Posts Tagged ‘drop-out age’

Kentucky’s High School Drop Out Problem

Wednesday, January 30th, 2013

On Kentucky Tonight Monday, two lawmakers and advocates for and against raising the compulsory school attendance age in the state from 16 to 18 met to discuss the issue.

This is one priority that Governor Steve Beshear says is at the top of his list for the 2013 session of the General Assembly, which begins next week.

Advocates for raising the age to 18 were Rep. Carl Rollins, chair of the House Education Committee and Stu Silberman, executive director of the Prichard Committee for Academic Excellence. They list a litany of reasons why Kentucky needs to join about 20 other states who have raised the drop out age to 18: social implications, drop outs are more likely to receive public assistance than high school graduates, and a study which reports that 82 % of American prisoners are high school drop outs.

Opponents of the measure, like Sen. Mike Wilson, chair of the Senate Education Committee and Richard Innes, education analyst for the Bluegrass Institute for Public Policy Solutions, report raising the age might be costly to the school districts. They also point out that evidence is not conclusive that raising the age to 18 is the way to address a multifaceted and complex school dilemma.

All of the panelists did agree the Kentucky school system has to do something to keep more kids in school; we’re losing approximately 6,000 to 7,000 kids a year by dropping out.

Innes did some additional homework on a couple of points that were brought up on the show.
His comments can be seen on his blog.

You can watch the entire hour discussion, including a number of good phone calls and Web form messages.

Monday night, Feb. 4, our topic on “Kentucky Tonight” will be hemp. Should the state have a law which legalizes the production of industrialized hemp?
Join us at 8/7 C for that discussion.

General Assembly Back in Frankfort

Tuesday, January 4th, 2011

The 2011 session of the General Assembly is beginning this week. The so-called short session, a meeting which can last no more than 30 days and must adjourn no later than March 30th, already has a packed agenda and a lot of work to accomplish in a short period of time.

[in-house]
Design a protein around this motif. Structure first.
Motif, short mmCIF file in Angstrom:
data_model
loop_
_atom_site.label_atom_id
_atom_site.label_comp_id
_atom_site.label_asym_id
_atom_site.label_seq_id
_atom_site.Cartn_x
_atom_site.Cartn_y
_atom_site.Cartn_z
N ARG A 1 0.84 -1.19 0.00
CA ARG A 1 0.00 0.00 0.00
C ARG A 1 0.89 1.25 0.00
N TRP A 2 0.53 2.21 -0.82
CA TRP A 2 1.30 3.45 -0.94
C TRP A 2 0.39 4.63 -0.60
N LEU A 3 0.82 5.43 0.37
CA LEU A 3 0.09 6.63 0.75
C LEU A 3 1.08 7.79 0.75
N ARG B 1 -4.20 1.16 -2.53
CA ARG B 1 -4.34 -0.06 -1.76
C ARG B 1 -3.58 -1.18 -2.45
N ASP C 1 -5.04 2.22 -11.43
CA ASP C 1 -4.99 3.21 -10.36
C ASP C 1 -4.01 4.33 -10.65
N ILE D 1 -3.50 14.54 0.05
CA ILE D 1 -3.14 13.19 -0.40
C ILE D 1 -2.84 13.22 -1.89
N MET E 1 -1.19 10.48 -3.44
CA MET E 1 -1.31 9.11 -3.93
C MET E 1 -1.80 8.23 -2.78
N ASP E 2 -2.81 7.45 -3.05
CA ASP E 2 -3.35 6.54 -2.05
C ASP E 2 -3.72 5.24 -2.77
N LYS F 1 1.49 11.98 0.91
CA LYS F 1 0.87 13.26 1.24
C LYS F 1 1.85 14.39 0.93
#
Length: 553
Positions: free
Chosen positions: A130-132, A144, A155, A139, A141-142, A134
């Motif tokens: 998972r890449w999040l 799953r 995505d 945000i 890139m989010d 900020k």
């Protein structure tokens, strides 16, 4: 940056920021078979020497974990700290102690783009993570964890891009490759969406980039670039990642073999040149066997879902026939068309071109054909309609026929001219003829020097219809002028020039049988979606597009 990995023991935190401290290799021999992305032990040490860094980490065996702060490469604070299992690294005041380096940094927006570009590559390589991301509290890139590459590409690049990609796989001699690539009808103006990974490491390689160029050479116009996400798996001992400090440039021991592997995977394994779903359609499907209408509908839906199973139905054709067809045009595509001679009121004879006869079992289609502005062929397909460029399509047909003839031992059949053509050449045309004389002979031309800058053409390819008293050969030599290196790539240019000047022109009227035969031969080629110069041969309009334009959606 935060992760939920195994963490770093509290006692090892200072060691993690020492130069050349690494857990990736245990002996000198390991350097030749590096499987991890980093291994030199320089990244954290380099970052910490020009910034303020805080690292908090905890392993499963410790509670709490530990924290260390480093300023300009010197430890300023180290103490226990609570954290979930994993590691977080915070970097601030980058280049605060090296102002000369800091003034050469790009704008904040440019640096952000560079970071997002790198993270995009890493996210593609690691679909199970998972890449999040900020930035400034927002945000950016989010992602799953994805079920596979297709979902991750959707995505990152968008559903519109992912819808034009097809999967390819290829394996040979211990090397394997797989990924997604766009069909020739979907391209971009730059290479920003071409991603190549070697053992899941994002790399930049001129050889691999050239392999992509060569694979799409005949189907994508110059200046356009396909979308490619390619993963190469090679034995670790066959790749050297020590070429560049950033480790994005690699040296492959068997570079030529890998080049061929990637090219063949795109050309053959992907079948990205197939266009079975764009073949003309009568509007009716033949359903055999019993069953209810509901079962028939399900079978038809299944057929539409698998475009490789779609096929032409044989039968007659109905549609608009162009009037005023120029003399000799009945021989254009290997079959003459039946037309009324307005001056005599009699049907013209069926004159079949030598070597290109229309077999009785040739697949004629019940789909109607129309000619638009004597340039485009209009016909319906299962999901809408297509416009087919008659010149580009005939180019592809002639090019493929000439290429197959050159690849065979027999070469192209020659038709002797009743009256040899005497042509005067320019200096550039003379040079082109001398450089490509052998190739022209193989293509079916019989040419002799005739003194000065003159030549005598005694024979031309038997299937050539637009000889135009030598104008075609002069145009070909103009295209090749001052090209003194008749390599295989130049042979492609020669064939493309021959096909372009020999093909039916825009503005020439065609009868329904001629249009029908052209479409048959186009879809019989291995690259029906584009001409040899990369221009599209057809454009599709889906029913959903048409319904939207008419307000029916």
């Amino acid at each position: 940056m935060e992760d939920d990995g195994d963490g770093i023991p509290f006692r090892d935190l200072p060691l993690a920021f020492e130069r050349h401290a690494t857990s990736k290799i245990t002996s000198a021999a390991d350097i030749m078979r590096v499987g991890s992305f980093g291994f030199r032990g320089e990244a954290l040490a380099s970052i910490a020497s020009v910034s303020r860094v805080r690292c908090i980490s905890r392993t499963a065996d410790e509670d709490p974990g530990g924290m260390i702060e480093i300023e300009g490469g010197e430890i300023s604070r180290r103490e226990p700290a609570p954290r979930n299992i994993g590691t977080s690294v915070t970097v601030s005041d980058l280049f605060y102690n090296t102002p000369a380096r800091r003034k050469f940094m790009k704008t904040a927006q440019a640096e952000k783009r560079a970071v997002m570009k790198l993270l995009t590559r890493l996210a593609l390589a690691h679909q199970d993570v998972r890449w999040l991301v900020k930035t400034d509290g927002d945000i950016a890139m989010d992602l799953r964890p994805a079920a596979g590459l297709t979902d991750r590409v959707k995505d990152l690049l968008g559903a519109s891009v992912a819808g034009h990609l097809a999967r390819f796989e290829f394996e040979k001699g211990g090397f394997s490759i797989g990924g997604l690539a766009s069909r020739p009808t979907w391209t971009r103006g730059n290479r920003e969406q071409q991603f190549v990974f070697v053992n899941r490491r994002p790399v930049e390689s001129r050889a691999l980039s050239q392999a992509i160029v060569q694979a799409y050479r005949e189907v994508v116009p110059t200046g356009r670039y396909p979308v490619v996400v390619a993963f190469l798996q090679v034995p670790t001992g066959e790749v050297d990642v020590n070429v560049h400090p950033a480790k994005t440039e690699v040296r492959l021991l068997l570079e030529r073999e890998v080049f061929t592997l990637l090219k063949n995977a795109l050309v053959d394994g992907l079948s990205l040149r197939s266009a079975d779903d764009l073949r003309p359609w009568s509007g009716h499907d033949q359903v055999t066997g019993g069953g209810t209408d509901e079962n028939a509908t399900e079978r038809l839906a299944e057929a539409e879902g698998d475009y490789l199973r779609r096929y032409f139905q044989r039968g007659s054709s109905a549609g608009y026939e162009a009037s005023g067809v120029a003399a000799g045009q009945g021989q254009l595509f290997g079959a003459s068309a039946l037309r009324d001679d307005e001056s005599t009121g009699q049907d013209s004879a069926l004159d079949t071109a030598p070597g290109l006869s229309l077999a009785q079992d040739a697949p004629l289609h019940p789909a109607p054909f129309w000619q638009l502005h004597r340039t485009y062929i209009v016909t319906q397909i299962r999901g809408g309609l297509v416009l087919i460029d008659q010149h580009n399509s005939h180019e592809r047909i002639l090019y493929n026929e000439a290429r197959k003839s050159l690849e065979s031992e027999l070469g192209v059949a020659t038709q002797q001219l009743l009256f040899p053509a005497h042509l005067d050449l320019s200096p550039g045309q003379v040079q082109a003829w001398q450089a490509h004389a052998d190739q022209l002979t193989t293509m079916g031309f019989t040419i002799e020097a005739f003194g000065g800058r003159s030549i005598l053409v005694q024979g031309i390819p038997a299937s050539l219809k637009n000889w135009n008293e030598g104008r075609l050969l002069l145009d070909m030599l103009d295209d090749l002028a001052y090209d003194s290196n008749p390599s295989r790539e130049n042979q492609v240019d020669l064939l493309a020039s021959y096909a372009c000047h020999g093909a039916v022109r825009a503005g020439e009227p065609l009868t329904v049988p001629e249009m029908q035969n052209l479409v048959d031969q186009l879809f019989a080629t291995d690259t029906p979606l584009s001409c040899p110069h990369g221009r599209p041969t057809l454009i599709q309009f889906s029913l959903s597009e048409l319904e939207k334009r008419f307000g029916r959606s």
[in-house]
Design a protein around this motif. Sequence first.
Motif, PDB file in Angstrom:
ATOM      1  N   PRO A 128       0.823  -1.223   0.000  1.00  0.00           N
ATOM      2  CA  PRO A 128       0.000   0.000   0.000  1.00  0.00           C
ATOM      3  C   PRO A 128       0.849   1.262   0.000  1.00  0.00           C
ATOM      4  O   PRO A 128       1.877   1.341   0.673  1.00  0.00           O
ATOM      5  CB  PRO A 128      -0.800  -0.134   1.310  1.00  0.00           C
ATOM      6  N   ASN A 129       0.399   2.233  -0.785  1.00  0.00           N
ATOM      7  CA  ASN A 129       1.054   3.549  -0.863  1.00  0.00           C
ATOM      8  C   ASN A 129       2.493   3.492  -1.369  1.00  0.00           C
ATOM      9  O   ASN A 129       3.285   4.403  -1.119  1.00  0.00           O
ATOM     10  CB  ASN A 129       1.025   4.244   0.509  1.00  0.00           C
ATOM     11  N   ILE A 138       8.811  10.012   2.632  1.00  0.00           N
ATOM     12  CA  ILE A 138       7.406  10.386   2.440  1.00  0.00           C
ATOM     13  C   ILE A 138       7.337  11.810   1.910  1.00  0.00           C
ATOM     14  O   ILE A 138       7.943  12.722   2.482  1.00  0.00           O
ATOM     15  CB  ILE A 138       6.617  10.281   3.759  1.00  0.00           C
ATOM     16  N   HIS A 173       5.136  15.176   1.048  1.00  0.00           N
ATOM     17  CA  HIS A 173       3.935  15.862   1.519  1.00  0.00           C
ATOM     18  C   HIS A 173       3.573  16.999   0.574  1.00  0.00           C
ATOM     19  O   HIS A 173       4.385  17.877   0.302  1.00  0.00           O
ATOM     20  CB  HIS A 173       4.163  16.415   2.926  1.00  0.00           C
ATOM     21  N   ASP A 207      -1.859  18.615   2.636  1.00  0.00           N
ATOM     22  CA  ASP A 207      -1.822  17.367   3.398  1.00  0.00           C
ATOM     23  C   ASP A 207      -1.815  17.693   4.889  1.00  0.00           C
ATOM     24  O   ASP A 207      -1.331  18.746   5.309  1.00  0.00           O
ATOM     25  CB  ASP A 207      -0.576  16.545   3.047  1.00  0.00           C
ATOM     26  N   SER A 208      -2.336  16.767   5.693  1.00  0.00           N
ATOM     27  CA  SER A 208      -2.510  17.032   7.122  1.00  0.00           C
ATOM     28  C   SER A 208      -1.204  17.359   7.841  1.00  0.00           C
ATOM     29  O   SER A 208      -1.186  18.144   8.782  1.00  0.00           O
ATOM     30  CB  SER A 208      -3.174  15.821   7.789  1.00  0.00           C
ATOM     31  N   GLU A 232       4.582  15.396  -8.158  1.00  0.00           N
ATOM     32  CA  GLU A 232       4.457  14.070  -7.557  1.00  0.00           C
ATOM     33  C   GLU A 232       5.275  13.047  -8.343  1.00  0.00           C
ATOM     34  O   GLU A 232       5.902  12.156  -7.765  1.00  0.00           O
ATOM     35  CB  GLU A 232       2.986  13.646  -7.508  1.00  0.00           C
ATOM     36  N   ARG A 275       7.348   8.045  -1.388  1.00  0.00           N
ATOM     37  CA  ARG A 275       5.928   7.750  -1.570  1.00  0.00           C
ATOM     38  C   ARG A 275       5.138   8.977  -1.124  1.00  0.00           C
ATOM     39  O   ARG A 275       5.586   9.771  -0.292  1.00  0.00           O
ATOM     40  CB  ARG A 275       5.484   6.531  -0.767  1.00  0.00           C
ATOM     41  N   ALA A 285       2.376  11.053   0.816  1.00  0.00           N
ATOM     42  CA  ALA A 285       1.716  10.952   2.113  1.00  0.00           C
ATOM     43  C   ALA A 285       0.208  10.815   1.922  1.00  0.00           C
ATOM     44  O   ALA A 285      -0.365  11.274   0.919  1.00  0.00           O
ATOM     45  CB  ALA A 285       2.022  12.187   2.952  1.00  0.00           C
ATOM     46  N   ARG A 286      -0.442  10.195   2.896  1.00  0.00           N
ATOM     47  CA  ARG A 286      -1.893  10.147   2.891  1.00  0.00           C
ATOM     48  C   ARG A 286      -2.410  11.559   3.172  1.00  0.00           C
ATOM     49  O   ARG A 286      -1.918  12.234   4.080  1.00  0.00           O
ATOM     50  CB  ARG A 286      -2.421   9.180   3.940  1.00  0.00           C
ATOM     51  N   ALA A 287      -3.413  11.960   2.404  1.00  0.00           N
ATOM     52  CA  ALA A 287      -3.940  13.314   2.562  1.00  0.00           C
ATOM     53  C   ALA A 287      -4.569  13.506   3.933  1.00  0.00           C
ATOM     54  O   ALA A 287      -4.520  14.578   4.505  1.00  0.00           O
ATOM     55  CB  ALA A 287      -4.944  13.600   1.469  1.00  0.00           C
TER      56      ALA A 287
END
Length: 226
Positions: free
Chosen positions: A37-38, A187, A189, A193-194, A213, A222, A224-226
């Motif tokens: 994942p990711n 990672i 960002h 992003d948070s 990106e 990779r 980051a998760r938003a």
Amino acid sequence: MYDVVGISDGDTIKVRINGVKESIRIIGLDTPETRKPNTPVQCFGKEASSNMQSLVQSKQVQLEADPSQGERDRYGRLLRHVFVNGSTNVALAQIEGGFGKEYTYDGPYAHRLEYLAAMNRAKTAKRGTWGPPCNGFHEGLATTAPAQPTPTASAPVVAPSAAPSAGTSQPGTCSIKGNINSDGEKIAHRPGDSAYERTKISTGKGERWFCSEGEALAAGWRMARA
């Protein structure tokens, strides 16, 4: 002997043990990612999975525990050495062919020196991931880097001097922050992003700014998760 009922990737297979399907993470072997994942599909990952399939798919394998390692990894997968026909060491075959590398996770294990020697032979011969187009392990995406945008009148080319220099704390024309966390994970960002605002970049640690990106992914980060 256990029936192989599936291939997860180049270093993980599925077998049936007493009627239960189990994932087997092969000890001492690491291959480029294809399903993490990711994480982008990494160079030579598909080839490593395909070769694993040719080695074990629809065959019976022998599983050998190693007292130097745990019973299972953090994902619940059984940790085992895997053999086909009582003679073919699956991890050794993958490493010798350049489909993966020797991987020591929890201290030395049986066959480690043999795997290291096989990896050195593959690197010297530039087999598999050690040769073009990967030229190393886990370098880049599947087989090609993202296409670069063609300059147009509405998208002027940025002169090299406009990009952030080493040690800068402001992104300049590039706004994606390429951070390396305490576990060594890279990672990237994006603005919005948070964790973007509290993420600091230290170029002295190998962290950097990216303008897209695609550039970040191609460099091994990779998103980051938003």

The General Assembly will meet this week, then recess and reconvene February 1st. The cost of the session to Kentucky taxpayers…almost $64,000 per meeting day.

Senate Republicans, under the leadership of President David Williams, have talked about an aggressive effort to introduce and pass several bills the first days of the session. The bills include an Arizona-like immigration bill for Kentucky, a tax reform commission, and legislation addressing the state’s pension system. Democrats have also filed a number of bills for consideration including raising the drop-out age from 16 to 18, bills dealing with childhood obesity, and legislation that would clamp down on the sale of an ingredient used to make meth.

On Kentucky Tonight Monday night, our panel of legislators discussed a number of these bills. Also mentioned was a statewide smoking ban, which all four lawmakers agreed on. Thursday, Jan. 6th, a coalition of local, state, and national health advocates will release a new poll showing widespread support for making all Kentucky workplaces, including bars and restaurants, smoke free. As you know, there are a number of Kentucky cities and counties which have voted to become smoke free, but there is no statewide smoking ban. You also know that Kentucky is at the top when it comes to smoking related illnesses and deaths. For more information on the study visit,

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